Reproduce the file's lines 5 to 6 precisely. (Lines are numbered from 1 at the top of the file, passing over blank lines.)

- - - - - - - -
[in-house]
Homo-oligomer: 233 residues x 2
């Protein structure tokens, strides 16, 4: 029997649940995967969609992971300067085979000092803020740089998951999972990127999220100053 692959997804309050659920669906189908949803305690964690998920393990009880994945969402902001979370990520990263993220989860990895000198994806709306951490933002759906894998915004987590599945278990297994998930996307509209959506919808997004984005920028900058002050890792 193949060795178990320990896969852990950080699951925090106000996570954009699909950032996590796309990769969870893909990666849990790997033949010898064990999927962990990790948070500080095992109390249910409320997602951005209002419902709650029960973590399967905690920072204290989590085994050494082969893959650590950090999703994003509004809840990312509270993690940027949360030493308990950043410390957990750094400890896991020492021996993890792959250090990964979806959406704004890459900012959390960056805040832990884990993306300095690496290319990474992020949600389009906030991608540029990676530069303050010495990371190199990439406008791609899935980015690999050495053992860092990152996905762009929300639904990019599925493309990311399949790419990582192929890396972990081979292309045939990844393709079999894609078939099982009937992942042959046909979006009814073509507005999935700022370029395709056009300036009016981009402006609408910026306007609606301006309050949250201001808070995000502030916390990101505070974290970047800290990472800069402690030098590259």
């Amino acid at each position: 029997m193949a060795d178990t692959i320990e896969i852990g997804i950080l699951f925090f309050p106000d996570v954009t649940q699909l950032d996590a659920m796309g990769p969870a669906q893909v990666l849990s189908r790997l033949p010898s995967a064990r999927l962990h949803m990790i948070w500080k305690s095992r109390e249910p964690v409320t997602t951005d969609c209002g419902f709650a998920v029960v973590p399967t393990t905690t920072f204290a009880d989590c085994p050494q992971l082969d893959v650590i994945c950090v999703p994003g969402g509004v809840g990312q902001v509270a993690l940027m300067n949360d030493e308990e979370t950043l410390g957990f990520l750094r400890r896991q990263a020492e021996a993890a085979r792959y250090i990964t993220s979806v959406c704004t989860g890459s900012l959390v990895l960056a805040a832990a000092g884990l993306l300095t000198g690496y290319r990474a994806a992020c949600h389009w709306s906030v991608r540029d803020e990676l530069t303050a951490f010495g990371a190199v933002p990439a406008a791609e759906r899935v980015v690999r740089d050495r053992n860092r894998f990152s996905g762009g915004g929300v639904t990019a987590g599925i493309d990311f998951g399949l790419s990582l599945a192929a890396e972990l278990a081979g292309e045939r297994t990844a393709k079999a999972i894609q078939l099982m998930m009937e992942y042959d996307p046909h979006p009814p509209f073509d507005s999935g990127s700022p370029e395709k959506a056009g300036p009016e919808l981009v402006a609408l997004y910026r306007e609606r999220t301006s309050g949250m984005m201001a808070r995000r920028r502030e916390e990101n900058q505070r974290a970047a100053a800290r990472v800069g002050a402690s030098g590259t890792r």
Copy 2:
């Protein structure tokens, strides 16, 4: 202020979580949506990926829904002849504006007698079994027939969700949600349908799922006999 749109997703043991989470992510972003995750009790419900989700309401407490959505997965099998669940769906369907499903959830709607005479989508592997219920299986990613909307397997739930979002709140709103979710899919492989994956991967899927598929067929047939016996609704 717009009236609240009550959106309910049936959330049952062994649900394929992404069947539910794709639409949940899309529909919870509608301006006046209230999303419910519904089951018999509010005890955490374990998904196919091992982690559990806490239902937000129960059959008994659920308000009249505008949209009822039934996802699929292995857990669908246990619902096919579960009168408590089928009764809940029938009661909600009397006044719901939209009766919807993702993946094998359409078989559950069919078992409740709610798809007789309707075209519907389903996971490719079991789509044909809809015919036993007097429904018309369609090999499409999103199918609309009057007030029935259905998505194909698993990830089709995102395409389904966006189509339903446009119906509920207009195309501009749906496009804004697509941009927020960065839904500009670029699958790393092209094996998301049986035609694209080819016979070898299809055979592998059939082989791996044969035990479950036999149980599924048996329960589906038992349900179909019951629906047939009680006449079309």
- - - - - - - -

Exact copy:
Copy 2:
């Protein structure tokens, strides 16, 4: 202020979580949506990926829904002849504006007698079994027939969700949600349908799922006999 749109997703043991989470992510972003995750009790419900989700309401407490959505997965099998669940769906369907499903959830709607005479989508592997219920299986990613909307397997739930979002709140709103979710899919492989994956991967899927598929067929047939016996609704 717009009236609240009550959106309910049936959330049952062994649900394929992404069947539910794709639409949940899309529909919870509608301006006046209230999303419910519904089951018999509010005890955490374990998904196919091992982690559990806490239902937000129960059959008994659920308000009249505008949209009822039934996802699929292995857990669908246990619902096919579960009168408590089928009764809940029938009661909600009397006044719901939209009766919807993702993946094998359409078989559950069919078992409740709610798809007789309707075209519907389903996971490719079991789509044909809809015919036993007097429904018309369609090999499409999103199918609309009057007030029935259905998505194909698993990830089709995102395409389904966006189509339903446009119906509920207009195309501009749906496009804004697509941009927020960065839904500009670029699958790393092209094996998301049986035609694209080819016979070898299809055979592998059939082989791996044969035990479950036999149980599924048996329960589906038992349900179909019951629906047939009680006449079309």